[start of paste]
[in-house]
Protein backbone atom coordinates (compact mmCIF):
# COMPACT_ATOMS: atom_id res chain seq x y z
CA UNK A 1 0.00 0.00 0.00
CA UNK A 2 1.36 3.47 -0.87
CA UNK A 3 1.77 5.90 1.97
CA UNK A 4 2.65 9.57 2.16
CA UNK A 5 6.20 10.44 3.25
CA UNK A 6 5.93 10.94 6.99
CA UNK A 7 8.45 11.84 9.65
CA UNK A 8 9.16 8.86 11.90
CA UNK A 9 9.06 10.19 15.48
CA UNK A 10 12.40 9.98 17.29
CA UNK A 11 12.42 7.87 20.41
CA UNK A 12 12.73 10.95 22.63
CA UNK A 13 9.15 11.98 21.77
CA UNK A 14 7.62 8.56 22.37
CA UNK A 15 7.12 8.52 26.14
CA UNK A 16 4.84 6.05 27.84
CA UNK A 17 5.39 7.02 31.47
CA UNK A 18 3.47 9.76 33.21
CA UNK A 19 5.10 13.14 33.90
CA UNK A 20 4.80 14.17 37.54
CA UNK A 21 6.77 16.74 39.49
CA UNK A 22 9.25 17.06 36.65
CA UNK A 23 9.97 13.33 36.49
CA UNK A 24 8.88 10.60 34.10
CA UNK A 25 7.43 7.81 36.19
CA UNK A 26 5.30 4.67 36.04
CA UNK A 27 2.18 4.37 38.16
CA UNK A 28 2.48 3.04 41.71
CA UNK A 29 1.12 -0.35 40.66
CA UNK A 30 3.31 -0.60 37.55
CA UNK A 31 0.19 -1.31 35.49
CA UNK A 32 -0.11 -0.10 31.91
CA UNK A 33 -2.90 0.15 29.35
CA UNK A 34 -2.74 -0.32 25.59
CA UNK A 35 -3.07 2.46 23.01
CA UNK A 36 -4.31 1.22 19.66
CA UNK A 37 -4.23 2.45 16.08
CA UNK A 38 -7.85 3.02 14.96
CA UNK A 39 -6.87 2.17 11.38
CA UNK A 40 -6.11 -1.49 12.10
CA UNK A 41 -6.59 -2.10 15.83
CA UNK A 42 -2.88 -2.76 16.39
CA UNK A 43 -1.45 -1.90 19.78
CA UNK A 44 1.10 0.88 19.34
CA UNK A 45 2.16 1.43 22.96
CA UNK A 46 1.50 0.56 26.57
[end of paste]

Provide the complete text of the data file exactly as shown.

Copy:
[in-house]
Protein backbone atom coordinates (compact mmCIF):
# COMPACT_ATOMS: atom_id res chain seq x y z
CA UNK A 1 0.00 0.00 0.00
CA UNK A 2 1.36 3.47 -0.87
CA UNK A 3 1.77 5.90 1.97
CA UNK A 4 2.65 9.57 2.16
CA UNK A 5 6.20 10.44 3.25
CA UNK A 6 5.93 10.94 6.99
CA UNK A 7 8.45 11.84 9.65
CA UNK A 8 9.16 8.86 11.90
CA UNK A 9 9.06 10.19 15.48
CA UNK A 10 12.40 9.98 17.29
CA UNK A 11 12.42 7.87 20.41
CA UNK A 12 12.73 10.95 22.63
CA UNK A 13 9.15 11.98 21.77
CA UNK A 14 7.62 8.56 22.37
CA UNK A 15 7.12 8.52 26.14
CA UNK A 16 4.84 6.05 27.84
CA UNK A 17 5.39 7.02 31.47
CA UNK A 18 3.47 9.76 33.21
CA UNK A 19 5.10 13.14 33.90
CA UNK A 20 4.80 14.17 37.54
CA UNK A 21 6.77 16.74 39.49
CA UNK A 22 9.25 17.06 36.65
CA UNK A 23 9.97 13.33 36.49
CA UNK A 24 8.88 10.60 34.10
CA UNK A 25 7.43 7.81 36.19
CA UNK A 26 5.30 4.67 36.04
CA UNK A 27 2.18 4.37 38.16
CA UNK A 28 2.48 3.04 41.71
CA UNK A 29 1.12 -0.35 40.66
CA UNK A 30 3.31 -0.60 37.55
CA UNK A 31 0.19 -1.31 35.49
CA UNK A 32 -0.11 -0.10 31.91
CA UNK A 33 -2.90 0.15 29.35
CA UNK A 34 -2.74 -0.32 25.59
CA UNK A 35 -3.07 2.46 23.01
CA UNK A 36 -4.31 1.22 19.66
CA UNK A 37 -4.23 2.45 16.08
CA UNK A 38 -7.85 3.02 14.96
CA UNK A 39 -6.87 2.17 11.38
CA UNK A 40 -6.11 -1.49 12.10
CA UNK A 41 -6.59 -2.10 15.83
CA UNK A 42 -2.88 -2.76 16.39
CA UNK A 43 -1.45 -1.90 19.78
CA UNK A 44 1.10 0.88 19.34
CA UNK A 45 2.16 1.43 22.96
CA UNK A 46 1.50 0.56 26.57